Las Vegas

Show Slang
Back of the House:
Staff whose jobs do not involve direct contact and involvement with patrons on a daily basis. Such positions would include: housekeeping, maintenance, groundskeeping, laundry, kitchen help, dishwashers, & bus boys.

Contrast with "Front of the House."
Black Book:
An index of players who are summarily banned from casinos for cheating or attempting various scams. Such players can also be banned for non-gambling reasons, such as association with organized crime or being convicted of violent felonies. Originally, the Black Book was an actual book, but now such records are digitized and available to be compared with a casino's sophisticated digital surveillance system.
$100 gaming chip(s).
The Boxman is the table supervisor. The boxman is positioned at the center of the craps table, across from the stickman. The Boxman is responsible for tending the gaming chips in the house bank.
The casino cashier's area. Gamblers come to the cage to have their gaming chips converted into cash when they are finished gambling.
Card Counting:
Typically applies to blackjack, but can also be used in Baccarat.

A method whereby the gambler mentally keeps track of the cards played in order to determine the composition of the cards remaining in the deck or shoe in order to determine favorability towards the player or the house. Specific cards (except aces) are not usually kept track of, but rather the ratio of ten-value cards to low-value cards. In blackjack, a deck with a higher ratio of ten-value cards is favorable to the player, so a card counter may increase his wager in this circumstance. A deck with more lower value cards is more favorable to the house (because it's less likely for the dealer to bust when they are required to hit) and the card counter can lower his bet. A deck with many aces remaining is also favorable to the player as it increases the chance of hitting a blackjack and provides more opportunities for doubling down.

Casinos consider card counting 'cheating', but the Nevada Gaming Commission has ruled that it is a skill, not cheating. Nevertheless, Nevada Casinos are permitted bar those suspected of card counting from their casinos. Usually they don't ban a player entirely, only from playing blackjack.

Color up:
The process of converting a player's casino chips at a gaming table into the least number of chips for the convenience of the gambler so they make take them to the cage or another table. For example, if a gambler had 100 $25 chips, totalling $2500, they would receive 2 $1000 chips and a $500 chip.
Accommodations, services, or amenities that are provided to a casino guest without charge. Derived from the word 'complimentary' in the sense of 'free.' The equivalent value of comps are usually directly related to the amount of money a gambler puts in play and the frequency of their visits.

In Old Vegas, comps were handled directly by the casino management, such as the pit boss, floor manager or other casino executives. In modern Vegas most casinos issue 'player cards' to gamblers and their play is automatically kept track of. Casinos with such program normally issue a coupon book of 'comps' of moderate value (such as 2-for-1 dining or beverages, free slot pulls, or free gaming chips (distinctively marked) to gamblers who sign up for a players card. These programs normally have defined point levels for a specific comp, such as a free room, free meal, or room upgrade.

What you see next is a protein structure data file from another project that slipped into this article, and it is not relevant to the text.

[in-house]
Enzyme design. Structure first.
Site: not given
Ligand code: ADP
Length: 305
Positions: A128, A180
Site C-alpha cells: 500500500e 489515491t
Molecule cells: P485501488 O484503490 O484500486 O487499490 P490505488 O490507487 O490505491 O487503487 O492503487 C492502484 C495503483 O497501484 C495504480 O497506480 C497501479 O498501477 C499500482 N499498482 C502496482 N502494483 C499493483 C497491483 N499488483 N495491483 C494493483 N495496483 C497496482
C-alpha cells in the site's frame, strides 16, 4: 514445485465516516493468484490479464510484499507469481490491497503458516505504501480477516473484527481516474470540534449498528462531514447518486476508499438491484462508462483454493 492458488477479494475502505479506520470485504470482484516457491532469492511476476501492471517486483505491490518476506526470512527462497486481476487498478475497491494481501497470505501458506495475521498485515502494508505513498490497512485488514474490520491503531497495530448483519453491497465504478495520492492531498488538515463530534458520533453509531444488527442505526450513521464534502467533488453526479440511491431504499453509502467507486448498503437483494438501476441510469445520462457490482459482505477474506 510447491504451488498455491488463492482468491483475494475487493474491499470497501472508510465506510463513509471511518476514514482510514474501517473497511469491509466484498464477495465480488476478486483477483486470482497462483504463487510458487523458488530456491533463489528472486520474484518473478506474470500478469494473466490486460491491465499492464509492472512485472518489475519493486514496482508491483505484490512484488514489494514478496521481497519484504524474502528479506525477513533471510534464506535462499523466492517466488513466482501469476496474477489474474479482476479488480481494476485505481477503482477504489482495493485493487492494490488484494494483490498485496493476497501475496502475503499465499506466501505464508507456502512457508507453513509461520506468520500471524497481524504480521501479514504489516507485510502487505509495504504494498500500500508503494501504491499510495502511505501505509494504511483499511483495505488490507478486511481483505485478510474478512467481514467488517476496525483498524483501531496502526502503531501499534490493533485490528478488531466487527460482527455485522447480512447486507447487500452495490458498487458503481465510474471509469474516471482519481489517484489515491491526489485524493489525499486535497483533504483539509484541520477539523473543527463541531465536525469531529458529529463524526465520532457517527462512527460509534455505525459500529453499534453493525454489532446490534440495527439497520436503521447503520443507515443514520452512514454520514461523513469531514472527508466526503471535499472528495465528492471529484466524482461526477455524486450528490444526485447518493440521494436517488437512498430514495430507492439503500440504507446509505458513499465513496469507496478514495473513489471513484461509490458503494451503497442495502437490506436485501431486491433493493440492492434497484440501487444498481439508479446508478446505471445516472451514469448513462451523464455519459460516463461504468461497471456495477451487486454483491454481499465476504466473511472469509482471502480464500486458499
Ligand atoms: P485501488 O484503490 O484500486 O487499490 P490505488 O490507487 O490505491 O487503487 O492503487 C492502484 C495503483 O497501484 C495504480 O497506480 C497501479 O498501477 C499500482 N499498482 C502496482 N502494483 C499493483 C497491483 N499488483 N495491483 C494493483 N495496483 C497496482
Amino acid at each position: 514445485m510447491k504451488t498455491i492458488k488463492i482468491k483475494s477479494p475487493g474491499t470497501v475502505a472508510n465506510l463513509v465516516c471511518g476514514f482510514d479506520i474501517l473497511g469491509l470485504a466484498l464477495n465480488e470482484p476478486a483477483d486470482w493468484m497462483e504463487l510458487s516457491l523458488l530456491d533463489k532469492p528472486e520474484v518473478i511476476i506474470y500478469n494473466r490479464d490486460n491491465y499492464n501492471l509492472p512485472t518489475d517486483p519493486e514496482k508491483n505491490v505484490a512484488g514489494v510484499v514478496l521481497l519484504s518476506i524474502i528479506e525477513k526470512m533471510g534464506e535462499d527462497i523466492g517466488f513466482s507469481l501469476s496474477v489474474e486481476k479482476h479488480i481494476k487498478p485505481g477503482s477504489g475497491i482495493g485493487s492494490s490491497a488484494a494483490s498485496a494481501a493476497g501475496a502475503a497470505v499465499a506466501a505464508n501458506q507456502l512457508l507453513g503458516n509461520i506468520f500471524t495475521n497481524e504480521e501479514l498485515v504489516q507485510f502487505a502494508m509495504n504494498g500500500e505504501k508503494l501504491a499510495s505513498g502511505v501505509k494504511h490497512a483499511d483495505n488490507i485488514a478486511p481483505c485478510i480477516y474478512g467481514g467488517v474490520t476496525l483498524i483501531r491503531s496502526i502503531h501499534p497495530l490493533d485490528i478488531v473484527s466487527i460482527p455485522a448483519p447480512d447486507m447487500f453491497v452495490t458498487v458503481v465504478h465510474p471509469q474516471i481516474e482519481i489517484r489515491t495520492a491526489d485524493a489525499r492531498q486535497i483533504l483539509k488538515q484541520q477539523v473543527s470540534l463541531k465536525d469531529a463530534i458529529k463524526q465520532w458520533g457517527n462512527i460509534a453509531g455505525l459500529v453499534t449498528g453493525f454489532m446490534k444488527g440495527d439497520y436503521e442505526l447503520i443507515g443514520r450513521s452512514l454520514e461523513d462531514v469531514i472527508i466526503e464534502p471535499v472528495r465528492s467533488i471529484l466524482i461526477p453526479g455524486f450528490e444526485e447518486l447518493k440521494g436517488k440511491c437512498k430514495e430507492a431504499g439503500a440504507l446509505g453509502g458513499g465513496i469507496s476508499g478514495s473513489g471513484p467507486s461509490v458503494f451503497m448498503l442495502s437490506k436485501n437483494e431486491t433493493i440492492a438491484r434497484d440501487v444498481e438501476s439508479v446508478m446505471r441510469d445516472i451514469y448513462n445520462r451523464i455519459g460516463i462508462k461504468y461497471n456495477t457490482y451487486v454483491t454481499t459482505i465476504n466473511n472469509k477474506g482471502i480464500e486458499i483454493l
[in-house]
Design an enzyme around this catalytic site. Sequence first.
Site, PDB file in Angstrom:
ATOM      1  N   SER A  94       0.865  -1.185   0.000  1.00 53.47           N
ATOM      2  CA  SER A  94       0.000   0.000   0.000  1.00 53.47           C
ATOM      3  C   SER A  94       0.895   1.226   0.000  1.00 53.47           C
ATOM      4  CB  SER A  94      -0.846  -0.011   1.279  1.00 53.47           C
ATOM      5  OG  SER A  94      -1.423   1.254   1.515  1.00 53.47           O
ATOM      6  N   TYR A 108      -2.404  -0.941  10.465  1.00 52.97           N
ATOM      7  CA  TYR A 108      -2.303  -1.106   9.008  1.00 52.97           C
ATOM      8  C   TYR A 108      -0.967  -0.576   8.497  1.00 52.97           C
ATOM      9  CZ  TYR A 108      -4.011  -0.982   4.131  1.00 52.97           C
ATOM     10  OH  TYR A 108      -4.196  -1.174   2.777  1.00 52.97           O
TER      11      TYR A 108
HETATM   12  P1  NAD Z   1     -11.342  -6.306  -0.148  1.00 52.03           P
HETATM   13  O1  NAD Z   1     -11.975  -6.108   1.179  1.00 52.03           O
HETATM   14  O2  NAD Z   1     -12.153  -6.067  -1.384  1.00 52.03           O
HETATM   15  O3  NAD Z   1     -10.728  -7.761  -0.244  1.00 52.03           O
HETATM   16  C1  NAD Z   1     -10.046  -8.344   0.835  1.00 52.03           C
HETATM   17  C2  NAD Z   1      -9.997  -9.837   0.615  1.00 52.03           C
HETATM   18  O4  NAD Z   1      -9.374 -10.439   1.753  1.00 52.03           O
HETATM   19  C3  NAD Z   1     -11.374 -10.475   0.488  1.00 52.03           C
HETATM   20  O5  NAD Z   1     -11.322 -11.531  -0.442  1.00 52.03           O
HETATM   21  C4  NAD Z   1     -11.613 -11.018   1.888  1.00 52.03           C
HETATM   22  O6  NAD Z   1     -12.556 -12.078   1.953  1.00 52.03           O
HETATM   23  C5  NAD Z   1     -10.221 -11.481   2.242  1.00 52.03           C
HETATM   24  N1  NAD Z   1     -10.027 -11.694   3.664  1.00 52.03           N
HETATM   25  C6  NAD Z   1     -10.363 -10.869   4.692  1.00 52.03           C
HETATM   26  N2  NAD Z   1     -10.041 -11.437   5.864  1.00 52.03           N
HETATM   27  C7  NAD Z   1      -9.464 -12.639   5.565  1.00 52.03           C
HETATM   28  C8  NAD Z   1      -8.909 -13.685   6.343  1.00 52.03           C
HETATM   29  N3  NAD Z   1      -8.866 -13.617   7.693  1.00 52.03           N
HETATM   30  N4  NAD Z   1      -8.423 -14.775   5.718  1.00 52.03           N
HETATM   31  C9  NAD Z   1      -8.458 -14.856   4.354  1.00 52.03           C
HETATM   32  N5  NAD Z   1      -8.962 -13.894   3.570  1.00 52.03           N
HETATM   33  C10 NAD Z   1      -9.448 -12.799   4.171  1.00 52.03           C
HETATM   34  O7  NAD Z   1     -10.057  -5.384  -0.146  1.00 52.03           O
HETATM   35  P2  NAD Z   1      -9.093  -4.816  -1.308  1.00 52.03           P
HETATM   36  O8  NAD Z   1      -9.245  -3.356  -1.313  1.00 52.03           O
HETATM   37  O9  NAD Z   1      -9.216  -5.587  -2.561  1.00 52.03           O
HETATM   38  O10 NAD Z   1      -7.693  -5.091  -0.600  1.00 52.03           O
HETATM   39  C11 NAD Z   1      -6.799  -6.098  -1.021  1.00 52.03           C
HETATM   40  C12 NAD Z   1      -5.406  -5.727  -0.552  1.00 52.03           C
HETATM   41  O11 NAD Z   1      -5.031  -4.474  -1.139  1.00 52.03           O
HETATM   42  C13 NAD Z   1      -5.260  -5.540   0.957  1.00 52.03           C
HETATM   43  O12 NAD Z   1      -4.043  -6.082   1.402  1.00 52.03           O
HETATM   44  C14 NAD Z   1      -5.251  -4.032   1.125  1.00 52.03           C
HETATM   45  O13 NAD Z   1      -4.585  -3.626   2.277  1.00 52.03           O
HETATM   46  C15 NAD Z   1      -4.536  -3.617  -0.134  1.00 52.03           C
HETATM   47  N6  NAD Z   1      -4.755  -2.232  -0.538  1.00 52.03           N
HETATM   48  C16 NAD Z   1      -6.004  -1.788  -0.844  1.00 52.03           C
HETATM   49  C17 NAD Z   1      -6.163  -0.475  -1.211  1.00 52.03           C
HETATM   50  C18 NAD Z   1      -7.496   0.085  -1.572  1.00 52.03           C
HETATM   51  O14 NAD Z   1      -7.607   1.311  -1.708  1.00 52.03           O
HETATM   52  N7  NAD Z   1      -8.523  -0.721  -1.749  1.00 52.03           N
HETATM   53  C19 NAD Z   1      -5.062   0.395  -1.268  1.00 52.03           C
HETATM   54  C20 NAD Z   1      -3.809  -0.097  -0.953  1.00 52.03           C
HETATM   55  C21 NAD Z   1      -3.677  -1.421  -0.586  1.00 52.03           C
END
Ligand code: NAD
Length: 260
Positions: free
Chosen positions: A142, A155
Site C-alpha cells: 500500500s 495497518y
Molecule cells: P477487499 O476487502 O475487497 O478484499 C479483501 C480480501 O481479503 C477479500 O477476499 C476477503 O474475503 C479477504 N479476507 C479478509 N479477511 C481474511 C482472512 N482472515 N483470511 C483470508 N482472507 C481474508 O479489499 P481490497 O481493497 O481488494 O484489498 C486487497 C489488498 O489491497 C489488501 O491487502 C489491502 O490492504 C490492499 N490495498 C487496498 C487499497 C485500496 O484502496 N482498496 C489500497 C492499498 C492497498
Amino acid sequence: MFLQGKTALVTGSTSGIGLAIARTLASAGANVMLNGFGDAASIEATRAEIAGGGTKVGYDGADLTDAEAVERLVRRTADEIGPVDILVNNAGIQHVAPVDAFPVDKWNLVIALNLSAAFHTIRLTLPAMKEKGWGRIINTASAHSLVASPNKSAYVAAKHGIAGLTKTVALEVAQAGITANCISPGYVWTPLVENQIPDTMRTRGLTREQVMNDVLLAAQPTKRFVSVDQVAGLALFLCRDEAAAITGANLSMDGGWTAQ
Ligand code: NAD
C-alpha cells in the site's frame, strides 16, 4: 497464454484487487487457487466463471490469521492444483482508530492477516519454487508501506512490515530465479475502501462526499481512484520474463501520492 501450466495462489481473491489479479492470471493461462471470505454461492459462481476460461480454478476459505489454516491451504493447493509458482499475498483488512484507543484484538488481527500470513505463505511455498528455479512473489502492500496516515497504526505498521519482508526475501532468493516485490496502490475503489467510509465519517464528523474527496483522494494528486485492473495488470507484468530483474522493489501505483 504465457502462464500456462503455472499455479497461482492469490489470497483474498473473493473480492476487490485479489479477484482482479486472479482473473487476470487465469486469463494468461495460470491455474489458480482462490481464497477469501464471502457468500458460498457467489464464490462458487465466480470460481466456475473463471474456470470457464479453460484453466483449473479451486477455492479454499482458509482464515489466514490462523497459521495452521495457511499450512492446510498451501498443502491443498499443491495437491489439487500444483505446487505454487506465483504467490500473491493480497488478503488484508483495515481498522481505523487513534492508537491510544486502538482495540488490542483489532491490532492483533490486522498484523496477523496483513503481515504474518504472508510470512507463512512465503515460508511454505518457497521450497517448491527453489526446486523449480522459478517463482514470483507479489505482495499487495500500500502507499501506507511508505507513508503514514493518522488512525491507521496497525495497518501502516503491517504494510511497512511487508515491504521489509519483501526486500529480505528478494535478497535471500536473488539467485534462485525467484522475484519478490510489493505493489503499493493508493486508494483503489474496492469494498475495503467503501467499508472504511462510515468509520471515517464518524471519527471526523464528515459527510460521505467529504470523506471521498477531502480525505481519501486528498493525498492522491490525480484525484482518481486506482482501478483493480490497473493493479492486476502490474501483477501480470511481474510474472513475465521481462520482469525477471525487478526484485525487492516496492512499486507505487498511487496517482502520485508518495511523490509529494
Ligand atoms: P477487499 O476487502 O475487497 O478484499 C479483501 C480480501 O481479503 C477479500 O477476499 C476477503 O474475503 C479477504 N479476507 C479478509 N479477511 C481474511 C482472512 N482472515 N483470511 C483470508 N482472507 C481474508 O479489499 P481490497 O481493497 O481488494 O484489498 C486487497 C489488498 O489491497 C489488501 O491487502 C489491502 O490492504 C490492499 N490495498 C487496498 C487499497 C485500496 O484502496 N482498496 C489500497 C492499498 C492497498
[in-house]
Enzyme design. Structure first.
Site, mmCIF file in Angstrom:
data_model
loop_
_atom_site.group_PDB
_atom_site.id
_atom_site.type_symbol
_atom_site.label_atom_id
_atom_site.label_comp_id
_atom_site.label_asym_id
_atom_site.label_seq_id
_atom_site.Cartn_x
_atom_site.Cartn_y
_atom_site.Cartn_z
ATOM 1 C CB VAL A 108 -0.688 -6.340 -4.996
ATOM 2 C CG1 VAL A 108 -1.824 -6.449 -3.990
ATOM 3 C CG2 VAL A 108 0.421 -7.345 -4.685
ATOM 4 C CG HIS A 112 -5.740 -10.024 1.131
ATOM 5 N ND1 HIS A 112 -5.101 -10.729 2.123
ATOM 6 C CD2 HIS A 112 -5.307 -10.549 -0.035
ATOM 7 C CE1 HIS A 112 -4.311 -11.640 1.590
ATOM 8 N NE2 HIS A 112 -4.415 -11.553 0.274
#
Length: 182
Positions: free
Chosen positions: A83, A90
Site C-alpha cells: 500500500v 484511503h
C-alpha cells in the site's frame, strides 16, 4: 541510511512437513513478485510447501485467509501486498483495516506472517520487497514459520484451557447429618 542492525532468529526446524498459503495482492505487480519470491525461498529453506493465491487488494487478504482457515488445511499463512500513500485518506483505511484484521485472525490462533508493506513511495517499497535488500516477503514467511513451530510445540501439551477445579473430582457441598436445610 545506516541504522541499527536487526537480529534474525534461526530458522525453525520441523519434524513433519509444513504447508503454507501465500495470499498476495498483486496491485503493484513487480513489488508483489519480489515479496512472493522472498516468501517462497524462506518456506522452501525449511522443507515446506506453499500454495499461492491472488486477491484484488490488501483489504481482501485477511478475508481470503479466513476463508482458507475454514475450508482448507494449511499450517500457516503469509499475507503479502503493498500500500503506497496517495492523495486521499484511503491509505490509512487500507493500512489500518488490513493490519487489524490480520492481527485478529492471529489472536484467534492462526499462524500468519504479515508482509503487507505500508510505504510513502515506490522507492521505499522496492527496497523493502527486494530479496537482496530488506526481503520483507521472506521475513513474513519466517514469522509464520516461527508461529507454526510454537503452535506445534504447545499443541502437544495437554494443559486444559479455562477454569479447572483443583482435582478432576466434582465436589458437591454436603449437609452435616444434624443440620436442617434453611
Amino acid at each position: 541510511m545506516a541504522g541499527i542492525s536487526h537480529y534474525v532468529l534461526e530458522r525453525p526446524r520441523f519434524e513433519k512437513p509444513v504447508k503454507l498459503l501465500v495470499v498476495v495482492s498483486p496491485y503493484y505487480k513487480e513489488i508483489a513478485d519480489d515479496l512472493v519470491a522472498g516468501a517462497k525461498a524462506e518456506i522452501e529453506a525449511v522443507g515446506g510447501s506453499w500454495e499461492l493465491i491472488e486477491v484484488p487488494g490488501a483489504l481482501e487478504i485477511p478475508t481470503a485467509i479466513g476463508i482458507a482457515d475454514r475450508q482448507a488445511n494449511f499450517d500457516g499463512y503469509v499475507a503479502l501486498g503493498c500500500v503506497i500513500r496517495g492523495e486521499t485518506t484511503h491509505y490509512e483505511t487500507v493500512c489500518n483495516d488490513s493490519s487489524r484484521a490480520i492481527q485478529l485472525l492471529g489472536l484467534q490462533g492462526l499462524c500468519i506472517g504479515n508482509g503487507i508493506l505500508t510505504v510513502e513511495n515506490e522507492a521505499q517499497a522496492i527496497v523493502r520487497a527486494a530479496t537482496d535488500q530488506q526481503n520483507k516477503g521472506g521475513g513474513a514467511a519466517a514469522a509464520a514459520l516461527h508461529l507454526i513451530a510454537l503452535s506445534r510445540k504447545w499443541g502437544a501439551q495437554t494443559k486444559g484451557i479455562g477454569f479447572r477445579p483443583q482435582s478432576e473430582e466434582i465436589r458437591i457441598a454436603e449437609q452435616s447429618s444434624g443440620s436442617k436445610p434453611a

At higher levels of play, the VIP staff normally handles comp arrangement. A full package of comps is called 'RFB'. The gambler receives complimentary room, food, and beverages.

The step beyond VIP are reserved exclusively for those with large bankrolls who are willing to put a large amount of money in play. This type of player is referred to as a Whale. Whales are comped at the highest level, with luxury suites containing fully stocked bars, luxury amenities, perhaps in-suite servants, and any kind of food or beverage served to them wherever and whenever they want it, even at the gaming tables. Whales from out of town will usually get their transportation costs to Las Vegas reimbursed. Whales get whatever they want.

Comps are awarded based primarily on how much money a gambler puts in play, not whether they win or lose. However, anyone who walks away a big winner will likely receive an offer of generous comps to encourage them to return so the casino has an opportunity to win back its money.
Drop Box:
A locked container secured to the underside of a gaming table. There is a small slot in the container that is aligned with an opening in the gaming table. The dealer/croupier will accept cash from a gambler and insert it into the drop box and then provide them with the equivalent amount in gaming chips.

When this occurs, the dealer will announce "Check change <amount>." The pit boss will proceed to the table and ensure the transaction is conducted properly.
Eye in the Sky:
The term used for any overhead surveillance cameras located in a casino/hotel. The cameras mainly concentrate on the casino area, but are also located in shops, elevators and other public areas of the property. It is illegal for surveillance cameras to be placed in individual accommodations, public restrooms, and employee changing/locker rooms.
Front of the House:
Staff whose jobs involve direct contact and involvement with patrons on a daily basis. Such positions would include: dealers, croupiers, & other casino floor personnel, front desk, valet, bellmen, concierge, food & beverages servers, as well as security personnel.

Contrast with "Back of the House."
Gaming Card:
A work permit, issued by the Nevada State Gaming Commission, that permits an individual to work in the gaming industry. The individual must submit an application, be sponsored by a gaming establishment, be fingerprinted, undergo background checks and be interviewed.
$25 gaming chips. Also referred to as 'quarters.'
Light Wand:
A device used to cheat slot machines. The wand is constructed with a camera battery and a bright LED. The light is directed into the inside of the slot machine, usually by the wheels. The light blinds a sensor causing the hopper to discharge coins regardless of whether or not the result was a winning combination.
Money Plays:
Allowing a bet to be made with cash rather than gaming chips. This is allowed as a courtesy to the player and other players at the table as to not hold up the pace of play. This usually happens when a player first arrives at a table, or if the player wishes to add to his bet, but is out of chips. The latter usually happens in blackjack when the player bets with the last of his chips, but then wishes to double down or split.
Non-gaming Card:
A work permit, issued by the Nevada State Gaming Commission or local authorities, that allows an individual to work in a gaming establishment in a non-gaming capacity. Such individuals might be bartenders, cocktail servers, security personnel, restaurant workers, or valets. The individual must submit an application, be fingerprinted, undergo background checks and be interviewed.